Every New Zealand principal reported that their school undertakes formal appraisal of teachers. Almost all teachers (99%) had received feedback on their work in their current school, of whom 77% reported that it had a positive impact on their teaching practice.

Almost all teachers (98%) had engaged in some professional development in the past 12 months. Release from teaching duties (70%) and the reimbursement or payment of costs (51%) were the two main factors reported by teachers as supporting their participation in professional development. The largest reported barrier to participation in professional development was that it conflicts with the teacher’s work schedule (56%).

Professional development in ICT skills for teaching had one of the highest participation rates (73%) although more than half (53%) of New Zealand Year 7-10 teachers also reported a high or moderate level of need for professional development in this area. In contrast, professional development for teaching students with special needs was identified as an area of high or moderate need by over half (51%) of all teachers but was one of the areas of professional development that teachers participated in the least (32%).

57% of principals often or very often engage in taking actions to support co-operation among teachers to develop new teaching practices in their school (OECD average 59%).

New Zealand teachers engaged in co-operative activities more frequently than deeper forms of professional collaboration. Half to three-quarter of teachers engaged at least once a month in co-operative activities such as exchanging teaching materials or discussing specific students’ learning development. Nearly half of teachers participated in deeper professional collaboration through collaborative professional learning at least once a month (44%), a decrease of 14 percentage points since 2014.  Twenty-three percent of teachers regularly taught jointly as a team in the same class with another teacher. This had increased by 5 percentage points since 2014.

More frequent participation in deeper forms of professional collaboration had a positive association with teachers’ self-efficacy in every country, including New Zealand. In New Zealand the collaborative culture in schools was positively associated with job satisfaction.

New Zealand teachers reported more frequent use of cognitive activation practices, compared to the OECD average, such as giving tasks that require students to think critically, and having students work in small groups or decide on their own procedures to solve problems. Seventy-nine percent of teachers felt confident in using a variety of assessment strategies (OECD average 80%). Eighty percent of teachers often had students use ICT for projects and class work (OECD average 53%).

Job satisfaction is higher on average for New Zealand teachers when:

  • teaching was their first career choice,
  • they participated in induction activities at their current school,
  • induction included team teaching with experienced teachers,
  • they reported that professional development had a positive impact,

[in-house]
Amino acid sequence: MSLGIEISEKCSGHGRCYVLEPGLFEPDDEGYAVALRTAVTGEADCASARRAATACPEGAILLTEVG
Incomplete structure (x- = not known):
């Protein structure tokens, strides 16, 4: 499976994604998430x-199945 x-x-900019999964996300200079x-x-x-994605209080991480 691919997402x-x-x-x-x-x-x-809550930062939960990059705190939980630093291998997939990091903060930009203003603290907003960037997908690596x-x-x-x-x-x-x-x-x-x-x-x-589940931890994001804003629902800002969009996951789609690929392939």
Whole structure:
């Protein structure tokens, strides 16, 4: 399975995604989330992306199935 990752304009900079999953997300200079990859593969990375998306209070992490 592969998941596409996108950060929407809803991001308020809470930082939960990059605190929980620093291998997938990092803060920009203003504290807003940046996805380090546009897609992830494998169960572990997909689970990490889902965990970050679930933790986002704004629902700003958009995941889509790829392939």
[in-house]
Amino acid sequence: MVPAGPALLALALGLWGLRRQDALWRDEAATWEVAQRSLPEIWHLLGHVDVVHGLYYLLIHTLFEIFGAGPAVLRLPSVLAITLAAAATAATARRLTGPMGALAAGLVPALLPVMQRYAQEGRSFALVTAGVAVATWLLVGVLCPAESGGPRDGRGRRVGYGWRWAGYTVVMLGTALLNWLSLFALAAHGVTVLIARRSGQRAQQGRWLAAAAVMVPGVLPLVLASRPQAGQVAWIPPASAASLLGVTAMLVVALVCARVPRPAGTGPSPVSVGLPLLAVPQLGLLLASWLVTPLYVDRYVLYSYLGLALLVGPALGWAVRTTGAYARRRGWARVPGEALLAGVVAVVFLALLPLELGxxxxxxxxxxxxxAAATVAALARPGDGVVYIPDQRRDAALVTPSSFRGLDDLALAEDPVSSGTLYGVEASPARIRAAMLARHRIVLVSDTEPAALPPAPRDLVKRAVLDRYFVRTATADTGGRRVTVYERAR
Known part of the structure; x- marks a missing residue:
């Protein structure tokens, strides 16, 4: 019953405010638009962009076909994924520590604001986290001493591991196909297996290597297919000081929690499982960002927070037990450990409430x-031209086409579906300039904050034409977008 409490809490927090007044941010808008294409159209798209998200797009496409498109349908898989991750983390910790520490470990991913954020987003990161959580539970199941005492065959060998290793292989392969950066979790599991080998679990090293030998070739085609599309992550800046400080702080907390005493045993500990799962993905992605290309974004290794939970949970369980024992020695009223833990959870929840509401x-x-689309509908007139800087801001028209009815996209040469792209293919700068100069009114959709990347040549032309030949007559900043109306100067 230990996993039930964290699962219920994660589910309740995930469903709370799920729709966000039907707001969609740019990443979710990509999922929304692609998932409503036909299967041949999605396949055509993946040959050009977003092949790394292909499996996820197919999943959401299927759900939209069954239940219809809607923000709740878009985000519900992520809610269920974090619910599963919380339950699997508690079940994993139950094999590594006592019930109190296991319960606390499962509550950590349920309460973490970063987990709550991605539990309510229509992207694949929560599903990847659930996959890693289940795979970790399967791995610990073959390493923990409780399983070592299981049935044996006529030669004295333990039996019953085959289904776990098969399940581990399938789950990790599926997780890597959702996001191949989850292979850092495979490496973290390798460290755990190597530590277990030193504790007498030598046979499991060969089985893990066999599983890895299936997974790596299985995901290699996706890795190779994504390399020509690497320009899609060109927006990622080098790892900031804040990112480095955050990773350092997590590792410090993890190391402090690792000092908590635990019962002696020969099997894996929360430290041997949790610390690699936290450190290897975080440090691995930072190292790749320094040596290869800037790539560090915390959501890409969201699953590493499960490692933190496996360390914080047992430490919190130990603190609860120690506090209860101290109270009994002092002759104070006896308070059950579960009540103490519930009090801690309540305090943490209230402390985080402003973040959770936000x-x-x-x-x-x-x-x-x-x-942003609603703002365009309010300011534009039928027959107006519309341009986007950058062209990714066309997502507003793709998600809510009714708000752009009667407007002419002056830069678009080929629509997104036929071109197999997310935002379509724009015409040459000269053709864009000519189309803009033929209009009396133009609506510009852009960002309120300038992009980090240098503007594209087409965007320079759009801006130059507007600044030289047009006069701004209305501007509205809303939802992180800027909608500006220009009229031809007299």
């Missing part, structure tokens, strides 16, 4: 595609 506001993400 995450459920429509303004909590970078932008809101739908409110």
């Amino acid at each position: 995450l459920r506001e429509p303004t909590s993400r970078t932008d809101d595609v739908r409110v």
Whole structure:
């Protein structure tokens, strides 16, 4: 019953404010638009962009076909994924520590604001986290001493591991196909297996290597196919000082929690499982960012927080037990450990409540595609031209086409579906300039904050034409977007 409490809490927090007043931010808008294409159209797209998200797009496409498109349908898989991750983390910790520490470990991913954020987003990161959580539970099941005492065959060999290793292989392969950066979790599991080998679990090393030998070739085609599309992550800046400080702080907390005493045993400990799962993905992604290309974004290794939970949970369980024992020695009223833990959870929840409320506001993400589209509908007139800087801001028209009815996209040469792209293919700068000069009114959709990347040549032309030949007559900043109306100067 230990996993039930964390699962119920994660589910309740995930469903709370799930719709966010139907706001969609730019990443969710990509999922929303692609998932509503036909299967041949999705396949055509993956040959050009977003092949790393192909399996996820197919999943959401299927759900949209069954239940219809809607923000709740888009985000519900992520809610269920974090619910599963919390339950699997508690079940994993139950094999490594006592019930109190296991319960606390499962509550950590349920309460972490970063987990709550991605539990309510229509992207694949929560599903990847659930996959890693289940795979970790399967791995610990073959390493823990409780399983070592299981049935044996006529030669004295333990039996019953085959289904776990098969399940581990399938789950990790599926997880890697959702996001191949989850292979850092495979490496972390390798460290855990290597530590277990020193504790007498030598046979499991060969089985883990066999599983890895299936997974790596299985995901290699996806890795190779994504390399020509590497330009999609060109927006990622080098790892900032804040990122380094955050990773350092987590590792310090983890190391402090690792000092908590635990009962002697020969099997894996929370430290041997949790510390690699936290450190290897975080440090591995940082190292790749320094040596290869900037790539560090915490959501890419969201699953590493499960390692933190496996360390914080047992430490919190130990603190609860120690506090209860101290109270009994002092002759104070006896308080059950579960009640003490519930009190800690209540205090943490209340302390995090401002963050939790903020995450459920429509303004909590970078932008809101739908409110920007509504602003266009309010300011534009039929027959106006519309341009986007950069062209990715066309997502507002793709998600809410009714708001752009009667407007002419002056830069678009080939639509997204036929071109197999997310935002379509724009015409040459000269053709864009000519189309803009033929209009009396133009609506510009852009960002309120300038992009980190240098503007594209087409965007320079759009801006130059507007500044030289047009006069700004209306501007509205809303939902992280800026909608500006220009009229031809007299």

• they agreed that the teaching profession is valued in society,
  • they reported receiving impactful feedback,
  • they had more autonomy in their teaching practice.

Job satisfaction is lower on average for teachers when:

  • they report higher workplace stress.

Self-efficacy is higher on average for teachers when:

  • they have more years of experience,
  • their induction included team teaching with experienced teachers,
  • they reported that professional development had a positive impact,
  • when professional collaboration was higher,
  • they had more autonomy in their teaching practice.

Self-efficacy is lower on average for teachers when:

  • they report a poor classroom disciplinary climate.

International Publications

June 2019: OECD (2019), TALIS 2018 Results (Volume I): Teachers and School Leaders as Lifelong Learners, TALIS, OECD Publishing, Paris.

March 2020: OECD (2020), TALIS 2018 Results (Volume II): Teachers and School Leaders as Valued Professionals, TALIS, OECD Publishing, Paris.

Acknowledgements

We would like to thank the teachers and principals from the 190 schools who participated in the survey. Their efforts and contributions have provided New Zealand with a valuable resource. Furthermore, we acknowledge the collaborative effort of educators and researchers across the world, led by the OECD secretariat and the international study consortium.

The Ministry of Education Educational Measurement and Assessment team was responsible for New Zealand’s participation in the design and implementation of TALIS: Debra Taylor (National Project Manager), Nicola Marshall (National Data Manager), Rachel Borthwick, Anahita Paul, Brigitte Bedendo, Watson Pita and Katrina Gregory.

June 2019 New Zealand reports were prepared by the Ministry of Education Evidence, Data and Knowledge group: Hannah McCardle (Evidence, Synthesis and Reporting) and Nicola Marshall (Educational Measurement and Assessment); with assistance from Rachel Borthwick, Jessica Forkert, Gregory Keeble, Alexandra McGregor and Debra Taylor.

Further New Zealand reports were prepared by Nicola Marshall and Sarah Rendall (Educational Measurement and Assessment, EDK).